I bought it home and sat at my dining room table and just pigged out. It was so delicious that I could hardly stand it. Really. Plus it brightened my mood considerably and clean up involved throwing the packaging in the trash so my kitchen is still clean.

It was really the best idea I've had in forever. Plus, maybe now that I'm not taking nothing pills, I'll be able to sleep tonight without coughing. God I am so tired of being sick.
Wednesday, June 21st, 2017 12:55 pm


This was yesterday’s project. It wasn’t as bad as the other room. I definitely didn’t finish it, the living room has more random stuff that I need to find homes for. But it’s definitely much nicer than it was.

Wednesday, June 21st, 2017 07:00 pm
Wednesday, June 21st, 2017 05:42 pm
Happy first day of summer!!  The rain has left yet again and here we are hustlin' around the farm trying to keep up with it all! I had my first pint of blueberries yesterday and boy was that exciting.  Looks like we are going to open our u-pick blueberries on Saturday, July 1st (we'll also be loading up your CSA bag with them soon!)  We've almost finished construction on our farm headquarters as well as the pizza oven area which is really exciting. just in time for Friday pizza nights (like this Friday!)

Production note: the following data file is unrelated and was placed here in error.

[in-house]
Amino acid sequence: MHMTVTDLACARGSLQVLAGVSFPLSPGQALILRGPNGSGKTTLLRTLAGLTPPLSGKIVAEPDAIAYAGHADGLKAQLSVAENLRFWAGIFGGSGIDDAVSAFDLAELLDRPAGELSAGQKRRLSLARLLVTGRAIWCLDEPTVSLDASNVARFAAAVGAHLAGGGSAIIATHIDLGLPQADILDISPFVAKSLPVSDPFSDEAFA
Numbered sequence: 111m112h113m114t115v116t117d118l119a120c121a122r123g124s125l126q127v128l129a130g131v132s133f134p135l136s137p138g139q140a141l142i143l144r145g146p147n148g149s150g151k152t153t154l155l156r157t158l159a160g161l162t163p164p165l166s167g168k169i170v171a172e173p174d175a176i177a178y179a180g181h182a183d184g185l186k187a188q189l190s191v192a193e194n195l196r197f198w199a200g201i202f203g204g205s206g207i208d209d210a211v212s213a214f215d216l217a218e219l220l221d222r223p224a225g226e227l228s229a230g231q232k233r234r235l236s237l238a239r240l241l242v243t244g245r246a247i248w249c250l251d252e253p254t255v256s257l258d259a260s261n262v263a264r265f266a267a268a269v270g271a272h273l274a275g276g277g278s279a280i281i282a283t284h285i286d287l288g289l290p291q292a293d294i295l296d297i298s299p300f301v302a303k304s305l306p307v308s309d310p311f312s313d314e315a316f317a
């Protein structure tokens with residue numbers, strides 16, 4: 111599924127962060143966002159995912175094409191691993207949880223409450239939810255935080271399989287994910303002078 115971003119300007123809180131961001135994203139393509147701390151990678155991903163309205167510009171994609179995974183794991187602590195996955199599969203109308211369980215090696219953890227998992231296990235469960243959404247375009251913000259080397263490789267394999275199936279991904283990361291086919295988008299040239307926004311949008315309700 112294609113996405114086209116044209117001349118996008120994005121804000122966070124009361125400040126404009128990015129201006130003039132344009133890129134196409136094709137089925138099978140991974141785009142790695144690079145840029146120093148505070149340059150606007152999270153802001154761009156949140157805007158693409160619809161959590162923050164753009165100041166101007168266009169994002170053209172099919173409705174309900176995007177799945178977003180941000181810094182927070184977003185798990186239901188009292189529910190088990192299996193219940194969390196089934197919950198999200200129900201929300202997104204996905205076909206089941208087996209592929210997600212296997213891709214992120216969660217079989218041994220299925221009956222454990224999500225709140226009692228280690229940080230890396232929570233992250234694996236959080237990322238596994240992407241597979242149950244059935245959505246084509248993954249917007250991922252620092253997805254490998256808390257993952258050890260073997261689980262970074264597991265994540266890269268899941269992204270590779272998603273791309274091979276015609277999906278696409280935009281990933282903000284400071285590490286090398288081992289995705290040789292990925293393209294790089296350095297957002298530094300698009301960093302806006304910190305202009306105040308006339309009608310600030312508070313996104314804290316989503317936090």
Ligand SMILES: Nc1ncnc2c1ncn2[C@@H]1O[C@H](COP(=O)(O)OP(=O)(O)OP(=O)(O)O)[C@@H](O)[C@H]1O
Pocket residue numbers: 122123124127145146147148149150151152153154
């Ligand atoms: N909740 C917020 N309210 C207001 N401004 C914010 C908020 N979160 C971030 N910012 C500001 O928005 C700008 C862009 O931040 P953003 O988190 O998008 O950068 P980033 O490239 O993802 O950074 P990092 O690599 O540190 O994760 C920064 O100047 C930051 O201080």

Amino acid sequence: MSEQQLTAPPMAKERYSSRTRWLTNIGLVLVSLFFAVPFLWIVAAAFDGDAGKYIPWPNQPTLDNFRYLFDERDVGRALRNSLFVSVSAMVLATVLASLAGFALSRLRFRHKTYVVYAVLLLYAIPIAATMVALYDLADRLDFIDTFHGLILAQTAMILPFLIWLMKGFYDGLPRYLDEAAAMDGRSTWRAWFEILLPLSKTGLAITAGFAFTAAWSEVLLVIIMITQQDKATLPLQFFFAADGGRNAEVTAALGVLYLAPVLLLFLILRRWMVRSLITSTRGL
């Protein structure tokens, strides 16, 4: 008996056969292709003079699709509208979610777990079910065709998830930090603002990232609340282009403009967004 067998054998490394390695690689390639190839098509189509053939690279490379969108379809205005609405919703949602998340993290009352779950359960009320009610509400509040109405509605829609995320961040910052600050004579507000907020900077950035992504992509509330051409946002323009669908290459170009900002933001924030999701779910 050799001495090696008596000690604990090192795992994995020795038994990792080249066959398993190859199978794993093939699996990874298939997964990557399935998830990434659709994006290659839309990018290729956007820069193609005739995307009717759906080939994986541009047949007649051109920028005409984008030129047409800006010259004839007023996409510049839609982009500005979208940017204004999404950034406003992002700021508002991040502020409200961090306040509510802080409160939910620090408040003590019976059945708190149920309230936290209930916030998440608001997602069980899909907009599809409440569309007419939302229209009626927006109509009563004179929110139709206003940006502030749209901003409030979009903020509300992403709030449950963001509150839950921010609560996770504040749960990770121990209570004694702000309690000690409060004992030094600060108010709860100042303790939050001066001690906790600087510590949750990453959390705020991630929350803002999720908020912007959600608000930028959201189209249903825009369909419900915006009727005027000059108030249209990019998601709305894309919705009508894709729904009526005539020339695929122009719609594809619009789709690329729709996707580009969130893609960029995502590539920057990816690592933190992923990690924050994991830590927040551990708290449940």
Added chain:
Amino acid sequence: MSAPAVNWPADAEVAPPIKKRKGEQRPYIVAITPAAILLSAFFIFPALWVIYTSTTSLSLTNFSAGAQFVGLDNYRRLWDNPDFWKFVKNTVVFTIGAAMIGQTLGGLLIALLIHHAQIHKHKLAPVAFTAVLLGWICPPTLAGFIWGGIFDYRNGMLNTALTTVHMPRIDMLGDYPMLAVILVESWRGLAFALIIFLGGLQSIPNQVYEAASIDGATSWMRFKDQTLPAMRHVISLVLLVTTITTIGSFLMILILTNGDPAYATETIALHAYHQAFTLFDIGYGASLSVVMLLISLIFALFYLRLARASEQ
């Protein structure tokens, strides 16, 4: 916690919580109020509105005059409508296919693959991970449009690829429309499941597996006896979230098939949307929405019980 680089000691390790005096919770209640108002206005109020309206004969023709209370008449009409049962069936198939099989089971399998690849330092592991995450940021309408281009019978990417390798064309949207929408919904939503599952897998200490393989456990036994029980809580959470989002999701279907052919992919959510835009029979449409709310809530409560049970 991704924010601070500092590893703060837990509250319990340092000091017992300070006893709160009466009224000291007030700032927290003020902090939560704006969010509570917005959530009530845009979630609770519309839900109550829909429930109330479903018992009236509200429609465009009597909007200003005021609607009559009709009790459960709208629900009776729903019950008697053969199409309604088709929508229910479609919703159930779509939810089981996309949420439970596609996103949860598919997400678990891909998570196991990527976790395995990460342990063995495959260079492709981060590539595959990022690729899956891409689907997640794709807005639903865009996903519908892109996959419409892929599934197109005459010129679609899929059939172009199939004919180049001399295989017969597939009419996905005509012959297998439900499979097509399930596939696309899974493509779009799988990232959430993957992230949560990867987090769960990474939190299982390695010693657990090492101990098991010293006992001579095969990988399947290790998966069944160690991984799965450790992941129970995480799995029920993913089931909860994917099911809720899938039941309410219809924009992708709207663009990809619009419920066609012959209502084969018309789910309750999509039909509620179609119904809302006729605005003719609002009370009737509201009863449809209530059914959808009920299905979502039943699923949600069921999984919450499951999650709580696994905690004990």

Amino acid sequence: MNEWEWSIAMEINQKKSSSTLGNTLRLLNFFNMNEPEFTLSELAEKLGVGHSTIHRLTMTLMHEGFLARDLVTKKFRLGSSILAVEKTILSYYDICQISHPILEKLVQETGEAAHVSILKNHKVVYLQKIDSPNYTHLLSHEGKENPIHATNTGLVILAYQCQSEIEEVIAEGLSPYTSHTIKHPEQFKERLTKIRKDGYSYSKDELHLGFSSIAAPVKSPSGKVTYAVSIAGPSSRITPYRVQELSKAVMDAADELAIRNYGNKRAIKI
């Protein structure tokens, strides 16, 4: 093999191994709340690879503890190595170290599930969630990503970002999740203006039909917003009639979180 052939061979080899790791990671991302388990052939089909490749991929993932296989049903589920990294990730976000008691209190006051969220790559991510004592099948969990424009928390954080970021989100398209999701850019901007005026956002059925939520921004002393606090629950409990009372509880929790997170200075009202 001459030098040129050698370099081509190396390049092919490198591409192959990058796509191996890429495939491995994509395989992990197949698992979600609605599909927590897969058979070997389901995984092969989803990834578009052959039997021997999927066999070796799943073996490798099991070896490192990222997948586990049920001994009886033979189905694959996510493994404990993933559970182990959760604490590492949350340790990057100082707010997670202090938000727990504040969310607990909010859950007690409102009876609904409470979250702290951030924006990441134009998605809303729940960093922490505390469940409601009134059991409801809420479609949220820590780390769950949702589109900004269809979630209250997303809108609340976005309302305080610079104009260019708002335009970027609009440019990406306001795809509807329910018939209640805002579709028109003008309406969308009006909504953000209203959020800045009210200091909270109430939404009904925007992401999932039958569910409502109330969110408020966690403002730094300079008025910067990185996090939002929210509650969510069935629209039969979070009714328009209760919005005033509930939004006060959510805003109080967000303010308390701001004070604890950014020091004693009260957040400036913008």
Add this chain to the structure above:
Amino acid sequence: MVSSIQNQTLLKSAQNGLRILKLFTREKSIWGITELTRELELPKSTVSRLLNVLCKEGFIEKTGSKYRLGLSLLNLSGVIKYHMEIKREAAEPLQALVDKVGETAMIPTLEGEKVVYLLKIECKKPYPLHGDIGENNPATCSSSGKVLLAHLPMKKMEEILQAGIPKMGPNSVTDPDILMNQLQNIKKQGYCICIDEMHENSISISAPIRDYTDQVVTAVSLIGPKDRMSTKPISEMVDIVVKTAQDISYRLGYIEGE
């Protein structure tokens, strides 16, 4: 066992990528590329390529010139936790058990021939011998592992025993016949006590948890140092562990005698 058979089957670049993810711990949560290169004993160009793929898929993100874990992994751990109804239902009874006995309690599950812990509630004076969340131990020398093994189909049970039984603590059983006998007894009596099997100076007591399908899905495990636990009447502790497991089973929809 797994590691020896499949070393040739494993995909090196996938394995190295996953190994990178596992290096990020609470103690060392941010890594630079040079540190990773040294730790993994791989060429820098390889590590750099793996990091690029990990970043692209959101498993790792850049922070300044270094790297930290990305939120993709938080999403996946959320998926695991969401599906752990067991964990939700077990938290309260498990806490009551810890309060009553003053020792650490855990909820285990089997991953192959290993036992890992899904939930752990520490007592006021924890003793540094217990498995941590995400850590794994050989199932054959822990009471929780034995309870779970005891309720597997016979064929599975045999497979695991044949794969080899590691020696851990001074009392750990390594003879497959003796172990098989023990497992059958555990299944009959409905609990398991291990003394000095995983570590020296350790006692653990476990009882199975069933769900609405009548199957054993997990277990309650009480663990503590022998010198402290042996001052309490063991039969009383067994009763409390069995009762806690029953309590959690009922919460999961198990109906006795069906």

In other news we have our final round of summer squash in the ground, have planted more basil, our tomatoes are starting to fruit, the peppers are growing (and even flowering in the hoop houses) and things are coming alive. Your shares are going to get more and more bountiful as the season goes along!  

ALSO, big note, THANK YOU to those that return their bags weekly but PLEASE REMEMBER TO RETURN YOUR BAG if you haven't been, we don't want to have to purchase more for many reasons but mainly to keep the cost of CSA down!
 COLLARD GREENS:  First of the season to CSA!  These hearty greens are full of nutrients (fiber, vitamin A, B, C and iron) and although more often used in fall/winter are a great routine switch from kale or chard.  Collards can be braised, sautéed, boiled and more.  I love eating them for breakfast with eggs and toast.  One of our old farm crew folks, Martha, gave me this great pasta and collards recipe here.